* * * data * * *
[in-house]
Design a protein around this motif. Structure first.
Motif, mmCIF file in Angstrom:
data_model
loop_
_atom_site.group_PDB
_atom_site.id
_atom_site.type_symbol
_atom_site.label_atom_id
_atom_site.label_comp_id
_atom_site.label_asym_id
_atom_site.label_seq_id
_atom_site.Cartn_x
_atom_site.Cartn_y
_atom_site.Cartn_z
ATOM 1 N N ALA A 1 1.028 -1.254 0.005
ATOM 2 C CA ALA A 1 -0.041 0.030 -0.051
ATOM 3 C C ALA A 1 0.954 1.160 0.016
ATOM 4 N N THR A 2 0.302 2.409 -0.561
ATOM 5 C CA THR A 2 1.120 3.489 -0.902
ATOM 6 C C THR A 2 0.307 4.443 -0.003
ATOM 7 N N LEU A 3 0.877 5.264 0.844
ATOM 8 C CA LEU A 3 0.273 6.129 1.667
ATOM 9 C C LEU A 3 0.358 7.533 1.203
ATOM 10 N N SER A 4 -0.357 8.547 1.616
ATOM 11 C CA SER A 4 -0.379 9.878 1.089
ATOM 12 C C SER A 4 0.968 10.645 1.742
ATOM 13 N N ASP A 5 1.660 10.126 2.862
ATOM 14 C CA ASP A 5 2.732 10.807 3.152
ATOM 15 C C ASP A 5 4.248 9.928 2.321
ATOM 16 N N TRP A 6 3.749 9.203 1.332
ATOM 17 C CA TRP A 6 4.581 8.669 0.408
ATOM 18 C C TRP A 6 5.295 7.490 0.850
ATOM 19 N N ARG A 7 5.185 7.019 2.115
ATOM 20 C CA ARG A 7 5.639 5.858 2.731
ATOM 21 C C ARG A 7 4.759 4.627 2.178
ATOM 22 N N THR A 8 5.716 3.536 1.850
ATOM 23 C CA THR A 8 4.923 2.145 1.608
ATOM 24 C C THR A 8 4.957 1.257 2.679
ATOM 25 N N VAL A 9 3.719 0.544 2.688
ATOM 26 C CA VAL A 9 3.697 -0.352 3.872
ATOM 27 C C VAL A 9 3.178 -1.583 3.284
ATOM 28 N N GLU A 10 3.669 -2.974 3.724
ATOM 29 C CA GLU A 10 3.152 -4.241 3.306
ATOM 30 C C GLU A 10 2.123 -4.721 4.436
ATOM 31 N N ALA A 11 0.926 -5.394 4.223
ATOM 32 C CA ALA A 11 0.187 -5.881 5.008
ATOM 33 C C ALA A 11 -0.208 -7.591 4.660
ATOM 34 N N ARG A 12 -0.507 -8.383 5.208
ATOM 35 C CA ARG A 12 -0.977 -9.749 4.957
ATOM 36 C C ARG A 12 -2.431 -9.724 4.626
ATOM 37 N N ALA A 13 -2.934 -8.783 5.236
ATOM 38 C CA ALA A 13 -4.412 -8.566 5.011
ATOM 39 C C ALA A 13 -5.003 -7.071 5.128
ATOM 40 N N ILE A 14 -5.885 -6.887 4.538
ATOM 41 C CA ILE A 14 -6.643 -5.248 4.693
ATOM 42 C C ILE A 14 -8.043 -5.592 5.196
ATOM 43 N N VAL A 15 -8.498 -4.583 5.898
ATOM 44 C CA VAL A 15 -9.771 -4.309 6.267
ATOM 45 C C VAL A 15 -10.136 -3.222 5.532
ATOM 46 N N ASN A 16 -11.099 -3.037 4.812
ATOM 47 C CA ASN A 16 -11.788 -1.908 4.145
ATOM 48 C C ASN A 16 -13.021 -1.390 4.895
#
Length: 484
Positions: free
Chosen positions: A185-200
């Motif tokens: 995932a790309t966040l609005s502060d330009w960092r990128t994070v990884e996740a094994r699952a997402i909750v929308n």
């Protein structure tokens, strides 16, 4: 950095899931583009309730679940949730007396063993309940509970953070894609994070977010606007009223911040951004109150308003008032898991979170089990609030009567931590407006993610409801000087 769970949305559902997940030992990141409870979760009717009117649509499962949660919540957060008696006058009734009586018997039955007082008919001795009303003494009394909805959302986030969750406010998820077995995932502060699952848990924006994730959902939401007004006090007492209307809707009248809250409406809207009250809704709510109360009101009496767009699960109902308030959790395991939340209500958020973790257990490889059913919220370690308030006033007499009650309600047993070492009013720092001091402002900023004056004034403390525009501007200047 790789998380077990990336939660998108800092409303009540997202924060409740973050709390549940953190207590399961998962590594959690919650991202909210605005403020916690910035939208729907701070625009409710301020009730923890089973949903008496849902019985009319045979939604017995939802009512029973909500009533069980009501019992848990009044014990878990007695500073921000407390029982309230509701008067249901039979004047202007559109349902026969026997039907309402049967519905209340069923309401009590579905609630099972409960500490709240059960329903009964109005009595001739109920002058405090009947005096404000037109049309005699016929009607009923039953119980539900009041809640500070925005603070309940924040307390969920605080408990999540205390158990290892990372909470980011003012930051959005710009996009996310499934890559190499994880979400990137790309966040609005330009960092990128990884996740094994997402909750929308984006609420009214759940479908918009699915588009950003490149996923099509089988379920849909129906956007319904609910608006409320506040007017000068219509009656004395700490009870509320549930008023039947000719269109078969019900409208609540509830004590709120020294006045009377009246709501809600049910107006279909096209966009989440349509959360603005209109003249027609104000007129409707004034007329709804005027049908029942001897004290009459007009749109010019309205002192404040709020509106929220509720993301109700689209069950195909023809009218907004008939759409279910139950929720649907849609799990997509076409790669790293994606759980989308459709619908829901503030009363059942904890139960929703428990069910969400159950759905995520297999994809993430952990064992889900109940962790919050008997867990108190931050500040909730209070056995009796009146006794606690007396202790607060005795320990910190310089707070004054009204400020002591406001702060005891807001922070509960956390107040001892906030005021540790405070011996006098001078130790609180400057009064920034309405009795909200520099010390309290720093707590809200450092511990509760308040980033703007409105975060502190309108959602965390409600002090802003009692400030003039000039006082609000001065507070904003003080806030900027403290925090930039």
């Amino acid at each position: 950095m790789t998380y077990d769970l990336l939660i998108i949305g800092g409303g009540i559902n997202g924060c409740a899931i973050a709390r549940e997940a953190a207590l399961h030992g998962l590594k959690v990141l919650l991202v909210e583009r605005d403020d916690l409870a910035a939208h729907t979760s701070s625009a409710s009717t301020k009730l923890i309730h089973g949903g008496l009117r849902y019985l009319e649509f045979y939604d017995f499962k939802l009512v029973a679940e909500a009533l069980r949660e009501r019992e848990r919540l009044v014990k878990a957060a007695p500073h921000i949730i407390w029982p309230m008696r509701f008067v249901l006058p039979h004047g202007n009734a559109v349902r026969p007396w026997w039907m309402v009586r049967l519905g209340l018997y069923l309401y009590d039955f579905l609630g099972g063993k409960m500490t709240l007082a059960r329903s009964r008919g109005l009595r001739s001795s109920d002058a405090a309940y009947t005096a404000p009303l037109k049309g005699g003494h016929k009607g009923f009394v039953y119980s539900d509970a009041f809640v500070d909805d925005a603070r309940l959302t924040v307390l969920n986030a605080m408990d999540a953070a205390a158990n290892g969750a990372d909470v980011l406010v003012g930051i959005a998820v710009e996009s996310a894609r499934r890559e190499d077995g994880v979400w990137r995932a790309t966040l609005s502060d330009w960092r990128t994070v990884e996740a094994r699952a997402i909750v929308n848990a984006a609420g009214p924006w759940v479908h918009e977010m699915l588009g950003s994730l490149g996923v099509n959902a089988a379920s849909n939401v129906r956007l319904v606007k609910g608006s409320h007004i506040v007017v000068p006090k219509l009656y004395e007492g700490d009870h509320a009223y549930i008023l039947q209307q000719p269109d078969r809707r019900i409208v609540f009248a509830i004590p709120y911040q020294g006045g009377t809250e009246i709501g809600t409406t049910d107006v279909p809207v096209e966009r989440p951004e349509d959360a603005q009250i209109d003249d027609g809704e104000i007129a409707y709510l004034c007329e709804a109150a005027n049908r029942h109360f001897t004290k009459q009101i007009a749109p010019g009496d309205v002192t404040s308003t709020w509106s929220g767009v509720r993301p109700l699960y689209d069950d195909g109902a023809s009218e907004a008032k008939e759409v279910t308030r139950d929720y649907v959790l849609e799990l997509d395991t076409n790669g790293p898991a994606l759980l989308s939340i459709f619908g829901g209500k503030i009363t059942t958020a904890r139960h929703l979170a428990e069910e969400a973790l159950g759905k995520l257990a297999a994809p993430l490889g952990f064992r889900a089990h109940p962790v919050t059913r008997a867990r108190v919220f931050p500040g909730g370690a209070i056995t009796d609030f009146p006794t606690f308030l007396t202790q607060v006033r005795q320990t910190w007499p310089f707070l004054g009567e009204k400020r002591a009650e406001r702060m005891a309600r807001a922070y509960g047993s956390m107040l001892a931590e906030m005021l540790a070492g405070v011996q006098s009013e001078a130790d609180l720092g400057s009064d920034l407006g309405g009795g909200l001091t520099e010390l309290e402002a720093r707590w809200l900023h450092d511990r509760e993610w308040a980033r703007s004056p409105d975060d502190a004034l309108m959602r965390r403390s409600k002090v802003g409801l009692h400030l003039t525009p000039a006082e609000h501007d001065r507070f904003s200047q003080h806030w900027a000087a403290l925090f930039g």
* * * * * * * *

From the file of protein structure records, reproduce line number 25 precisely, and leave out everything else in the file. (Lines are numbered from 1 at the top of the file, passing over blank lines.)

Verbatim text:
ATOM 10 N N SER A 4 -0.357 8.547 1.616